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Book is clever, disarming

Title: Book is clever, disarming
Date: Tuesday, 17 October 1950
Publisher: Post-Standard
Author: Dylan Welch
Main source: link (362 KiB)

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To the Editor of the Post-Standard:

It has now been six months since the publication of "Dianetics—The Modern Science of Mental Health," by L. Ron Hubbard. That it is well written and provocative is indicated by its present status as a best seller in the non-fiction class. That the arguments presented are cogent to a considerable extent is shown by the failure of critics to deal with them.

According to "Dianetics" the mind has two parts, the analytical or "conscious" mind, and the "reactive" mind which registers only in times of shock, pain or unconsciousness. At such times an "engram" is received—impressions of events and circumstances are recorded in minute detail in the protoplasm of living cells and "basic-basic," the earliest engram, is often received in the pre-natal period. These "engrams" somehow affect the behavior of the individual and are largely responsible for lack of physical and mental health.

The treatment, as outlined by Hubbard, is to "clear" the patient of his "engrams" by having him lie on a couch in the presence of an "auditor" who induces him to relax until he is in "reverie," which seems to be a state somewhere between passivity and a hypnotic trance.


Then the "auditor" suggests to the "pre-clear" that he return via his "time-track" to various painful episodes of his past and in effect to relive these experiences and thus to relieve the "engrams" of their harmful charge. Procedure is from later events to the earlier, always searching for "basic-basic."

Once this earliest engram is disposed of, the pre-clear becomes a "clear," which automatically extends his I.Q. about 50%.

A similarity to psycho-analysis will occur to some readers but author Hubbard admits of no debt to Freud or Mesmer, or to any prior faith, mental suggestion or science-of-the-mind philosophy. The chief difference between the methods of Dianetics and those of psycho-analysis seems to be that the "auditor" replaces the psycho-analyst thereby reducing the practice of mental therapy to an amateur or cult basis.

Any person can "audit" another. Hubbard insists that the treatment even in the hands of an untrained laymen can do no harm, [although] some of his followers do not agree.


Written with consummate cleverness and disarming unity, "Dianetics" tempts the unwary reader with broad claims of clinical proof to follow, then overwhelms him with the plausibility of its thesis so that he fails to note that the proofs earlier promised are never actually delivered.

Hubbard states, "Dianetics is the most advanced and the most clearly presented method of psycho-therapy and self-improvement ever discovered." He offers the claim that 270 unselected cases have been tried and tested with dianetic therapy and the "science has worked without failure on these cases."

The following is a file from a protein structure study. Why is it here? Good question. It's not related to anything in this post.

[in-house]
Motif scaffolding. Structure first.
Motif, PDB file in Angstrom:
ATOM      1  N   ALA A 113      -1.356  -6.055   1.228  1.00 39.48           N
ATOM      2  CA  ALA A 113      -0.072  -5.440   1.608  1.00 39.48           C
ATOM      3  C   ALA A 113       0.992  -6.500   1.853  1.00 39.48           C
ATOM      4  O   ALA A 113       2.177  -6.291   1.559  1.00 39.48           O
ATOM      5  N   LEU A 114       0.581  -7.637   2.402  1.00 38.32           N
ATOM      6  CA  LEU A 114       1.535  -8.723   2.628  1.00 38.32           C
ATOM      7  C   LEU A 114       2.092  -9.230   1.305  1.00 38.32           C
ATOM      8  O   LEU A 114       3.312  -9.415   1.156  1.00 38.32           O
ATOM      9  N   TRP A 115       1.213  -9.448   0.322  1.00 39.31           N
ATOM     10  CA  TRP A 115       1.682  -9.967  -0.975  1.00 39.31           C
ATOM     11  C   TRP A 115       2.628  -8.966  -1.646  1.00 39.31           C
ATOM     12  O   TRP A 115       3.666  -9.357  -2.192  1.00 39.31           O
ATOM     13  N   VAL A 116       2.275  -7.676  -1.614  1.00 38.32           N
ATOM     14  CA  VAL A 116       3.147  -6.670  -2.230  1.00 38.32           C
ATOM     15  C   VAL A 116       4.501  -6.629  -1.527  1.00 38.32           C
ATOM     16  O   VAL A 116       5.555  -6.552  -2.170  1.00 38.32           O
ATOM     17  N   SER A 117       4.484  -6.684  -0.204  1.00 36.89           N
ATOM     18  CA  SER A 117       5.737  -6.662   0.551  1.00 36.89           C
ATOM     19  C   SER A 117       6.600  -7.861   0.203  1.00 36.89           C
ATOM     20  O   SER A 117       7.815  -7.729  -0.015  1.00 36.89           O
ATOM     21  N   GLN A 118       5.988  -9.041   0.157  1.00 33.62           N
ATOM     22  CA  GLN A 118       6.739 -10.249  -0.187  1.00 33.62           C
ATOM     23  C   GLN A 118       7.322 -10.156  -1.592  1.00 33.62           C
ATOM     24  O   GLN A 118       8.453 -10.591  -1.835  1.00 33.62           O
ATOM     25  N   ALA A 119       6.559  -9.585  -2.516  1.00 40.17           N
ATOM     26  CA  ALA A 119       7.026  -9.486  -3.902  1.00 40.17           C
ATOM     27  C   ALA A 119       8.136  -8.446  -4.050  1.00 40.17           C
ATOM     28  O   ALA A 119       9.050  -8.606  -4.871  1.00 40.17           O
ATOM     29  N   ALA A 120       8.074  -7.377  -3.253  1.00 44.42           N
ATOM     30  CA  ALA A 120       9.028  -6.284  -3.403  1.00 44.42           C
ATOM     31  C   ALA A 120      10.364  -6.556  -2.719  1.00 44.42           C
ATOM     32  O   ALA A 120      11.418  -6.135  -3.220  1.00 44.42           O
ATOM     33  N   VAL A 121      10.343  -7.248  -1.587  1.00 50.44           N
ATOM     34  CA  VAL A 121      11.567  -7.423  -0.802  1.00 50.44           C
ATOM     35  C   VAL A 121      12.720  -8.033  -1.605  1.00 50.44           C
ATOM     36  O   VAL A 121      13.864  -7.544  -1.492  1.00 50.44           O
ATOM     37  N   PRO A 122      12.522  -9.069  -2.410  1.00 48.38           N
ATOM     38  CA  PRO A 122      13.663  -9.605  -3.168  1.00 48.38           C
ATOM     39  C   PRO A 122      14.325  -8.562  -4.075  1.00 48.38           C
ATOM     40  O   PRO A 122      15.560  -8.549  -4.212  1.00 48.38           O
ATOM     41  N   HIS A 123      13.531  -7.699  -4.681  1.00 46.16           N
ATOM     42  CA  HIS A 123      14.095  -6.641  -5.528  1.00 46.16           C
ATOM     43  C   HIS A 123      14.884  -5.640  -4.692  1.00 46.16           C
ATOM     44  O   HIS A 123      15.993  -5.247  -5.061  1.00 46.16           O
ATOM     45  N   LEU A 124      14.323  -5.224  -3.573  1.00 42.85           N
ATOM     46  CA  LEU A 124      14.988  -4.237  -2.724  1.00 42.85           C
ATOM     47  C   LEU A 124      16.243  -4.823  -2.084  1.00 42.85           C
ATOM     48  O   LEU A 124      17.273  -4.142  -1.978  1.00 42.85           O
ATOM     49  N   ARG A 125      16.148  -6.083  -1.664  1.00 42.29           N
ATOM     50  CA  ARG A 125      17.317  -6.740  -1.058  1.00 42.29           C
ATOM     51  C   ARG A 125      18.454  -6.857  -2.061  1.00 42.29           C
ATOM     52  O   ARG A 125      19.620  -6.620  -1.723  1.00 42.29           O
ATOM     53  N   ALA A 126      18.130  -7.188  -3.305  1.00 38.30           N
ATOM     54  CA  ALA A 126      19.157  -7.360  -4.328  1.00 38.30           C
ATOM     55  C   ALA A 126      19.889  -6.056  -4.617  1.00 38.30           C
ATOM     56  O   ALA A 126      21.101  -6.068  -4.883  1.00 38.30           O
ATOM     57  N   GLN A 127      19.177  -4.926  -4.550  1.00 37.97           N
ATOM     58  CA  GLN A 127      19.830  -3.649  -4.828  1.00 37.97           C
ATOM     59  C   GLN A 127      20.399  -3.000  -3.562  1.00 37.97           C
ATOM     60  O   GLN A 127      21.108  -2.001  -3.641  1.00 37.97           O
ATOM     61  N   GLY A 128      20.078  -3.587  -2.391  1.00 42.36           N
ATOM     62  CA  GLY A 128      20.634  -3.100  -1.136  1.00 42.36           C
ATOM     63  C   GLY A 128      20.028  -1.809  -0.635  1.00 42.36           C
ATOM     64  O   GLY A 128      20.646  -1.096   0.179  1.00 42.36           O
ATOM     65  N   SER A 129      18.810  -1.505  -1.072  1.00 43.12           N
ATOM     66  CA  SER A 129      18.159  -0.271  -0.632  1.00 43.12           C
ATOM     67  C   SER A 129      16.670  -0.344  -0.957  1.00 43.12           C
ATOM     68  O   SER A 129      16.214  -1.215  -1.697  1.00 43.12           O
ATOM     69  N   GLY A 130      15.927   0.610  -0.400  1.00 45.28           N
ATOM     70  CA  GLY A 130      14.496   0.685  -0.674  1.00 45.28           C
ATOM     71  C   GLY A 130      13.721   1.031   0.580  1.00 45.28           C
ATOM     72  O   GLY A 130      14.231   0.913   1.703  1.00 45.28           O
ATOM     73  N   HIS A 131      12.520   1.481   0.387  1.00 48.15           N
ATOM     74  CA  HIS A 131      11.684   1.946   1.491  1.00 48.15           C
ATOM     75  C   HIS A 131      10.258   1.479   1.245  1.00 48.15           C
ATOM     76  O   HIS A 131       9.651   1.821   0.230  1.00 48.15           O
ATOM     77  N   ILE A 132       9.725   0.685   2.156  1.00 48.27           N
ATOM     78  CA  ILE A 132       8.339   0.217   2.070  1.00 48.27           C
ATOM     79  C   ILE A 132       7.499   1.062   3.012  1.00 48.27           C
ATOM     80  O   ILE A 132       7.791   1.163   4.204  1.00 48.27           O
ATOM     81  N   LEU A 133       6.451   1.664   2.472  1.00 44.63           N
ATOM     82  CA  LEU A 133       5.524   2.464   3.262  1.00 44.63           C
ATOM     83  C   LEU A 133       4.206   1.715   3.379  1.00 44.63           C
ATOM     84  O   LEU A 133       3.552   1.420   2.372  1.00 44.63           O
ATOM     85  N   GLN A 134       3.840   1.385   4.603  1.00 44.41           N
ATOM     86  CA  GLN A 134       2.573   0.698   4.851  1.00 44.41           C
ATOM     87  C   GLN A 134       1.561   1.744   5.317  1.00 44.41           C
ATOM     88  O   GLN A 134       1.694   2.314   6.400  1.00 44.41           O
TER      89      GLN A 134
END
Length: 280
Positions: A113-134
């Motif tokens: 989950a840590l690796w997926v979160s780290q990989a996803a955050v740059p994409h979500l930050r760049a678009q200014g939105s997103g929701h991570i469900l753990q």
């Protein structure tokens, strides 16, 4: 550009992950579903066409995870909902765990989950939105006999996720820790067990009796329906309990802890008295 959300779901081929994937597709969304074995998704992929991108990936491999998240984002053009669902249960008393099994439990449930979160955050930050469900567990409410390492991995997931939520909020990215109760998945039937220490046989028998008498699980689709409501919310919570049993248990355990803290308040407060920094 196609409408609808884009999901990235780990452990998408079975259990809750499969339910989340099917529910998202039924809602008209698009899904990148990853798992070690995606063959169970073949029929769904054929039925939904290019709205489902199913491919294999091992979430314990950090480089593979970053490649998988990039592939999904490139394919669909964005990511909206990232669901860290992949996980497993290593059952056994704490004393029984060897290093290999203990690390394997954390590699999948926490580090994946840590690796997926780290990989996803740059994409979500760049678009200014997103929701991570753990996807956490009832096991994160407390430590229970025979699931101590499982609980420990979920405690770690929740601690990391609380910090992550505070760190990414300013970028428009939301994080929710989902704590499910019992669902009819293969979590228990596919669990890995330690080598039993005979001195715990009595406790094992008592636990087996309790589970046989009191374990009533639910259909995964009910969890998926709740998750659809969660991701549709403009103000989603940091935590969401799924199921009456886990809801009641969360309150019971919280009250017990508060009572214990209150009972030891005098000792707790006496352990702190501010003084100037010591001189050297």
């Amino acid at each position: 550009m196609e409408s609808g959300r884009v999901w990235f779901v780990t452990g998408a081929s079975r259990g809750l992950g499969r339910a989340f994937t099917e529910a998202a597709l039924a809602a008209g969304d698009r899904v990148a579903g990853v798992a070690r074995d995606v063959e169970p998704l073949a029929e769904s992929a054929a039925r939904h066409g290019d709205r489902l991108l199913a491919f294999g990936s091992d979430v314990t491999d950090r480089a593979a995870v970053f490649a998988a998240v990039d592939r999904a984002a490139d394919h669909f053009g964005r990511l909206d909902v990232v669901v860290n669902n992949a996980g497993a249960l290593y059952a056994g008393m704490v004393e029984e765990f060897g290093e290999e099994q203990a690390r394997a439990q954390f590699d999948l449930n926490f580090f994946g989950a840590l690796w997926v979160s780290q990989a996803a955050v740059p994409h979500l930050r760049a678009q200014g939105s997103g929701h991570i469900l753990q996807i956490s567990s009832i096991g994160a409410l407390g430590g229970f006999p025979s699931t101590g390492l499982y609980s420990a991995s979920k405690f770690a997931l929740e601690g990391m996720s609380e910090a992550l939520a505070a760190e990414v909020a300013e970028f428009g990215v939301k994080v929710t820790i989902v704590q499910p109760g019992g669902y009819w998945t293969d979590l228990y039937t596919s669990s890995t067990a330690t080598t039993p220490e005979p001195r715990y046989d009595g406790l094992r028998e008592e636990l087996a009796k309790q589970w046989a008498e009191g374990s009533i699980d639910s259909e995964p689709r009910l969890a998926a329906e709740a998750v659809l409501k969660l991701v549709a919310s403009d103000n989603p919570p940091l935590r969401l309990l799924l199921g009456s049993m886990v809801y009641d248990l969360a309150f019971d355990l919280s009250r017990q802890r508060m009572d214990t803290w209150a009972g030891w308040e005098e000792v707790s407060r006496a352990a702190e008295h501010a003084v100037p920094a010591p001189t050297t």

"Psychosomatic ills such as arthritis, migraine, ulcers, allergies, asthma, coronary difficulties, tendonitis, bursitis, paralysis (hysterical), eye trouble (non-pathological) all have responded as intended by the therapist, without failure in any one." Careful search of the text and supplemental material fails to disclose any evidence to support these claims and many others, or even to indicate where proof may be obtained.


However, Mr. Hubbard makes certain other claims for dianetics which may be subjected to analysis on another level.

He says, "A science of the mind, if it were truly worthy of that name, would have to rank, in experimental precision, with physics and chemistry." He also refers in various places in his discussion of dianetic therapy to "proof offered by clinical tests," "this dianetic fact is strictly test tube," "this is not theory, this is scientific fact," etc.

The axioms of physics and of chemistry may be, and are demonstrated often and repeatedly in the laboratories of schools and industry [throughout] the world. These tests and demonstrations involve the use of elements, compounds and objects which may be weighed, measured and subjected to various qualitative, quantitative and analytical experiments under rigid laboratory controls.

Observers may, and do check each step of every experiment, verifying both procedure and results.


This is not true of the procedures outlined in "Dianetics." Nowhere in the book does Mr. Hubbard refer to the use of observers or of laboratory control methods in proving the axioms of dianetics or in verifying the results for dianetics therapy which he claims. Nowhere does he refer to any specific laboratory, recognized or otherwise, where scientific research has been, or is being done, to verify the claims he makes on several levels, biological, neural and social.

Each of the two alleged case histories which he offers in evidence were obtained, according to his own description of the procedure, with only the "auditor" and "pre-clear," as he terms the patient. This kind of evidence is not "test-tube,"—nor is it scientific.

It reminds me of a recording made by Dr. Frederick Cook for the Victor Co. back in 1912, in which he told of his journey to the north pole. Within a short time the record was withdrawn from sale when it was discovered that while admittedly the Cook polar party had gone north, it most certainly never reached the pole.